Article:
I get a daily Rabbitgram email from The Rabbit Agency, a UK social media agency that sends me a pick of the day’s social media and tech news links.
This morning one of the items in the Rabbitgram was this:
#7 – Over 150m breached records from Adobe hack have surfaced online (The Verge)
Surfaced? Surfaced where?
I knew Adobe had been hacked. Not only had I read about it on several websites, I had received a ‘precautionary’ reset password email from Adobe.
Adobe had said that around 3 million login credentials had been stolen. Other sources said the number was around 38 million. Now the Verge was saying it was 150 million and that:
according to Paul Ducklin at Naked Security, a database of Adobe user data has turned up online at a website frequented by cyber criminals.
Oh I see, the hackers published the hacked information on a site frequented by cyber criminals. Great, just what I and 150 million other users need.
The Verge article mentioned that:
LastPass has set up an online tool to quickly find out if your email address is listed in the massive database.
I changed my password as soon as I got the prompt from Adobe after the hack, so there was nothing new I would be revealing.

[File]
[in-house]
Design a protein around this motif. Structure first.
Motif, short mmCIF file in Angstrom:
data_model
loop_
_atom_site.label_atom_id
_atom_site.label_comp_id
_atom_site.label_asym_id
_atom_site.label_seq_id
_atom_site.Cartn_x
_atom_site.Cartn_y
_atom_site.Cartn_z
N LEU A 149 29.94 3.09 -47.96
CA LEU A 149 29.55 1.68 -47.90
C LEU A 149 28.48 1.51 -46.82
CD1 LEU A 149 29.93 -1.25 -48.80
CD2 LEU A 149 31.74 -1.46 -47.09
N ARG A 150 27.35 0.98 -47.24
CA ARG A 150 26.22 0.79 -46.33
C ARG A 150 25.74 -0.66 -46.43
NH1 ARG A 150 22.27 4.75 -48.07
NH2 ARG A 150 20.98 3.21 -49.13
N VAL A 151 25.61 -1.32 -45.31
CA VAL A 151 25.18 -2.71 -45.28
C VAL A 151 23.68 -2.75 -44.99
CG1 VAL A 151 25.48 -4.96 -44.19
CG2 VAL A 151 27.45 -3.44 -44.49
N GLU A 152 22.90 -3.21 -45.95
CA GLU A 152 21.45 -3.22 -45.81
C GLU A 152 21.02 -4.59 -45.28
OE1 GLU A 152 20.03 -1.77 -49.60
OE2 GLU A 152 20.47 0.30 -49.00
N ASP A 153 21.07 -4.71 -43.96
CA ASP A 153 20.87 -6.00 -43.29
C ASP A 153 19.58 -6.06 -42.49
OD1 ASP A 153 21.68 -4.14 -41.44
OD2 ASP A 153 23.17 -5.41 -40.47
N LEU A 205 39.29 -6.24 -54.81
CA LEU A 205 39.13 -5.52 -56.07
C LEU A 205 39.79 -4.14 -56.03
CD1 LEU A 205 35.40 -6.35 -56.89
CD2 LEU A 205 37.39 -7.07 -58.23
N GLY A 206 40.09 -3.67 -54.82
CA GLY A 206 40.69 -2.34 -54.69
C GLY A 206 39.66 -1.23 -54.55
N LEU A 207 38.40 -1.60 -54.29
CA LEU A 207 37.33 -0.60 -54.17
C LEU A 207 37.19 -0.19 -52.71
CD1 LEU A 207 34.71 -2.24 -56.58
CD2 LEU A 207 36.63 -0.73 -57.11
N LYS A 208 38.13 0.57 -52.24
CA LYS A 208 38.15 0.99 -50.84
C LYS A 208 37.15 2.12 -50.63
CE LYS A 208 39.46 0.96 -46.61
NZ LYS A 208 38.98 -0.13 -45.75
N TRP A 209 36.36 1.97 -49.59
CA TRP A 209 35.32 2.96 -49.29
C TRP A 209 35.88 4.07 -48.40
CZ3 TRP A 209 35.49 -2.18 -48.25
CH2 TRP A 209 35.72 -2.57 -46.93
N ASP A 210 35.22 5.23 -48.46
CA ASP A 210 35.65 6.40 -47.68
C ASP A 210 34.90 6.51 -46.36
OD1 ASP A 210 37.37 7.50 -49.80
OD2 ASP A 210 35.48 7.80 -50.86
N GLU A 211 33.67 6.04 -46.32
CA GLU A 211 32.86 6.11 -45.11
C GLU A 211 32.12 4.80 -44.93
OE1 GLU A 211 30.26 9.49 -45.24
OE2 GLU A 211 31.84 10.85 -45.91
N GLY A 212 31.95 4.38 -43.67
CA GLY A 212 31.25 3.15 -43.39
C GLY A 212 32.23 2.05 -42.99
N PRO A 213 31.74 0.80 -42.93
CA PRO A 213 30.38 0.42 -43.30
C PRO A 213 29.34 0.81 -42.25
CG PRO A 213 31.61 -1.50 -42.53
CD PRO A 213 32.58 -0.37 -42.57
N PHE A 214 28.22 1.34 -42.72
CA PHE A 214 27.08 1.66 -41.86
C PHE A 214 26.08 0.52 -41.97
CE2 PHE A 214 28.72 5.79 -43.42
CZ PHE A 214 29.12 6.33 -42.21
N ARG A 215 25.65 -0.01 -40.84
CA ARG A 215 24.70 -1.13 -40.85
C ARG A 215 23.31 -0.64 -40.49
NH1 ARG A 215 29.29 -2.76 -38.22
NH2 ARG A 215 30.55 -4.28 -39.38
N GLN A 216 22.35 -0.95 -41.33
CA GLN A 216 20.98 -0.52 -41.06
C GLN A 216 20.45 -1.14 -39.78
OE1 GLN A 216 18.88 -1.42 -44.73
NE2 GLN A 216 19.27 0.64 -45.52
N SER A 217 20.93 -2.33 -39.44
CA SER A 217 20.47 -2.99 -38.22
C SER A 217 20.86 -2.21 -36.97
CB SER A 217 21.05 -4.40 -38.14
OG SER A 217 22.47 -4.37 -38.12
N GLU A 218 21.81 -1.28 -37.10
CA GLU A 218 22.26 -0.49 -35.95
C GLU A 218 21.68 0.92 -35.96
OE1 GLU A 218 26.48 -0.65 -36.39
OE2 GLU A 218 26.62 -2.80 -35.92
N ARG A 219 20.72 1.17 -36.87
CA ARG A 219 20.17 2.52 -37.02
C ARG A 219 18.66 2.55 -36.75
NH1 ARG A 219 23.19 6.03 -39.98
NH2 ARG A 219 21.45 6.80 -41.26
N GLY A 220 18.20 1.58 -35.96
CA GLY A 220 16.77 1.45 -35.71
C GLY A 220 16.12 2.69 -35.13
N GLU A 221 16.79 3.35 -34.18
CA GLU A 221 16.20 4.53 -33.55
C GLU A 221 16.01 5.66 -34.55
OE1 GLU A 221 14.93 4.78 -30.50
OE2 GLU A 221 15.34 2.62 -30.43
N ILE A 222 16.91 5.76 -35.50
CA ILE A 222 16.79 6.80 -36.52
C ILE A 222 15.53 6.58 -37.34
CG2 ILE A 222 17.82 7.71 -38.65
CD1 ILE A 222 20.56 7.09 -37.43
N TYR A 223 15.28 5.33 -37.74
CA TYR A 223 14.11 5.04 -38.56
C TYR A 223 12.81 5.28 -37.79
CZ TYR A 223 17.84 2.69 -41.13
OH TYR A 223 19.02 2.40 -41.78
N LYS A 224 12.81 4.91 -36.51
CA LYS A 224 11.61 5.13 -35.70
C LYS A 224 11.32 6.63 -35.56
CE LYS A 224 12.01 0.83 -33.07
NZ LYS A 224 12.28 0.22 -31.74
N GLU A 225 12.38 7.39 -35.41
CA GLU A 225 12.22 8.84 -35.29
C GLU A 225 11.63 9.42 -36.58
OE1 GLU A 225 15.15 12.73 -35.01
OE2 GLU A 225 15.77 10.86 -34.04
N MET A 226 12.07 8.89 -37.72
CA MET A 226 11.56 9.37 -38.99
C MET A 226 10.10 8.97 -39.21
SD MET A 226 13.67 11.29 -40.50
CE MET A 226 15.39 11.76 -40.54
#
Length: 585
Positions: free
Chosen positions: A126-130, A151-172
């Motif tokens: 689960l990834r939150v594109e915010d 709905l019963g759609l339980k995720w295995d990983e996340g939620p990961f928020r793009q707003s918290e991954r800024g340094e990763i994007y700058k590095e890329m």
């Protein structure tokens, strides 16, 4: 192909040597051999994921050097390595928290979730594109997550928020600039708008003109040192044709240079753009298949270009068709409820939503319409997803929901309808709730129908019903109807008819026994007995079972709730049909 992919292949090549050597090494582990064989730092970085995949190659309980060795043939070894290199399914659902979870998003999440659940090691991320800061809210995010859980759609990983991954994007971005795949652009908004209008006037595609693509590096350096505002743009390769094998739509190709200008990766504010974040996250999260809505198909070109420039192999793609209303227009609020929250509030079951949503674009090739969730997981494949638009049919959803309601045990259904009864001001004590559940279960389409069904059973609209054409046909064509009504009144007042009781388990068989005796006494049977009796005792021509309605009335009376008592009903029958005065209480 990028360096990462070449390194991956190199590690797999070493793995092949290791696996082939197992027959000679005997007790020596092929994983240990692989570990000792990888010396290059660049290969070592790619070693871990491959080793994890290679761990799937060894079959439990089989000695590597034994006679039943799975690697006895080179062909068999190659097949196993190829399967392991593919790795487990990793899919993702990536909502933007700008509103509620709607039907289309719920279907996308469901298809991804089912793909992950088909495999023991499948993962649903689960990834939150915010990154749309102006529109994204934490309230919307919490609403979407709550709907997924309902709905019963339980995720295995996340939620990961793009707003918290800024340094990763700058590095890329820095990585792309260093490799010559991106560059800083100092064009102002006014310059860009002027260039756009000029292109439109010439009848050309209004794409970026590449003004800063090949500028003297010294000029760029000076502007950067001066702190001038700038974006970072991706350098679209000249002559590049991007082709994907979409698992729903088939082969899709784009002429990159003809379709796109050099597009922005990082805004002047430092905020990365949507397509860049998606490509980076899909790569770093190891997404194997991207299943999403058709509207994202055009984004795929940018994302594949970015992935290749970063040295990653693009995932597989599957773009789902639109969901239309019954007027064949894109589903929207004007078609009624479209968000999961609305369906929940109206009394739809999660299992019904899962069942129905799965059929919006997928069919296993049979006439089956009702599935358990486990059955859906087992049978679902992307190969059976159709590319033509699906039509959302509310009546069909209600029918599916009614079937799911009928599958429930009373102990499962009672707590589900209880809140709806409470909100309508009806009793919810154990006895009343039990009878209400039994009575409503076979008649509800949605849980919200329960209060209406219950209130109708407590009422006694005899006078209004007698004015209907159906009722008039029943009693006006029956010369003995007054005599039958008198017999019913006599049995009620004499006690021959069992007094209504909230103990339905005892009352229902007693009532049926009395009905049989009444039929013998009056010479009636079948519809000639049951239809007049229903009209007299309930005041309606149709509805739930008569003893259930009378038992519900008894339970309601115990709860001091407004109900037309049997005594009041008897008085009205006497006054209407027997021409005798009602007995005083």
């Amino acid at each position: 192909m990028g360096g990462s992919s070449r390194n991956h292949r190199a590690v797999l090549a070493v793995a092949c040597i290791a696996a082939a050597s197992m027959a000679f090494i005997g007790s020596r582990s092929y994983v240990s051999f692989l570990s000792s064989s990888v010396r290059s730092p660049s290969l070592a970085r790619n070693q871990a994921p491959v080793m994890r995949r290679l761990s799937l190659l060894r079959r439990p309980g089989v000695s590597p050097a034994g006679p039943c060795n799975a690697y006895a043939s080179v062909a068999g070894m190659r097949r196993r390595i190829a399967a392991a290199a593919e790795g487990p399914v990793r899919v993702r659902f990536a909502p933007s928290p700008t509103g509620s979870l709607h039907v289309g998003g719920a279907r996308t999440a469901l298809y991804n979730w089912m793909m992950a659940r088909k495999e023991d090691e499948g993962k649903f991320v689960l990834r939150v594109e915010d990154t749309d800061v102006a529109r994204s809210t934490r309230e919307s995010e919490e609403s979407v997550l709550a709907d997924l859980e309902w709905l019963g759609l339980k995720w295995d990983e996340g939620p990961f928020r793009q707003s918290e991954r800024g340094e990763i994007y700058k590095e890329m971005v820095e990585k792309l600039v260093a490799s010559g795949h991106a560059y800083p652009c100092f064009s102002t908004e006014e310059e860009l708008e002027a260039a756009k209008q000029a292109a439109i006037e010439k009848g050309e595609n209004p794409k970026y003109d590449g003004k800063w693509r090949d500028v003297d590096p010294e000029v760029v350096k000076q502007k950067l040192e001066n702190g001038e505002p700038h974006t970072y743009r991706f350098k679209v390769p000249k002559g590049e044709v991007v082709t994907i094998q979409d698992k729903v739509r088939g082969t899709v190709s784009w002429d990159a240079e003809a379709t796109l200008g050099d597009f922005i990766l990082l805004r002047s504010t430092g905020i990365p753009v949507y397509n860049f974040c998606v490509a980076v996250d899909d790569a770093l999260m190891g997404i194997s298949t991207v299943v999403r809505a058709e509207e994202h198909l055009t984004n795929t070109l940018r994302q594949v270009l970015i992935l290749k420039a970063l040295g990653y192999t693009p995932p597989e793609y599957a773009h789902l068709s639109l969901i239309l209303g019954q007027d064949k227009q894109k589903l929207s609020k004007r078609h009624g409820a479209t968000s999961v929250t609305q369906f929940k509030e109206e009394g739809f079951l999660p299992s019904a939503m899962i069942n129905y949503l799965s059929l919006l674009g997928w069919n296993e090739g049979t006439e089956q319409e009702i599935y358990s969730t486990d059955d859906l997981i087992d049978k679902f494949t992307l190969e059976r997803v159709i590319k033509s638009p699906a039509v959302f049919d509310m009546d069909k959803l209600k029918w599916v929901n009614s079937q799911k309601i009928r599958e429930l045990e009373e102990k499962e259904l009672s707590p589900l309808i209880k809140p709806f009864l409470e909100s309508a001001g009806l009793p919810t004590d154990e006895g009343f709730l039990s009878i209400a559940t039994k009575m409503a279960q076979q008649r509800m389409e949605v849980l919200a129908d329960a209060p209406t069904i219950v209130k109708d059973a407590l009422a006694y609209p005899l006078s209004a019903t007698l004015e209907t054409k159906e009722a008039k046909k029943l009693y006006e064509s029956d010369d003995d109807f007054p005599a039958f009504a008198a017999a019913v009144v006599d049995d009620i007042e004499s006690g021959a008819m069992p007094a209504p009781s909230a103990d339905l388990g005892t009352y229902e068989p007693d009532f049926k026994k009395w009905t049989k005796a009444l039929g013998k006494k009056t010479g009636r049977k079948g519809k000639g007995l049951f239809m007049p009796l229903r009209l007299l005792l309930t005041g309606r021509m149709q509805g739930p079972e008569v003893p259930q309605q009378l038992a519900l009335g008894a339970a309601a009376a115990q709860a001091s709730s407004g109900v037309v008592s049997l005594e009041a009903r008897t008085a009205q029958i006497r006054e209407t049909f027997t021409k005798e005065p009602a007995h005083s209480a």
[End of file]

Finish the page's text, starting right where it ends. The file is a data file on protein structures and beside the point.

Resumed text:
And I know LasPass is an upright outfit, so I didn’t worry too much about putting a valid email address into their search tool to see whether the address and password had been compromised in the Adobe hack.
I tried the tool with the email address that I signed into Adobe with. And I tried it with a fake address that I doubted anyone had, to see what that would bring up.
So the funny (not amusing) thing is that Adobe goes through all these encryption somersaults to make sure no one steals their products. They move to a subscription-based model to prevent people circulating ripped copies of their software – and then according to Paul Ducklin of NakedSecurity they use weak encryption methods to protect customer data.
The article by Paul Ducklin is well worth reading and I recommend you do so because it is probably the nearest that most of us will get to a clear exposition of how to and how not to encrypt passwords.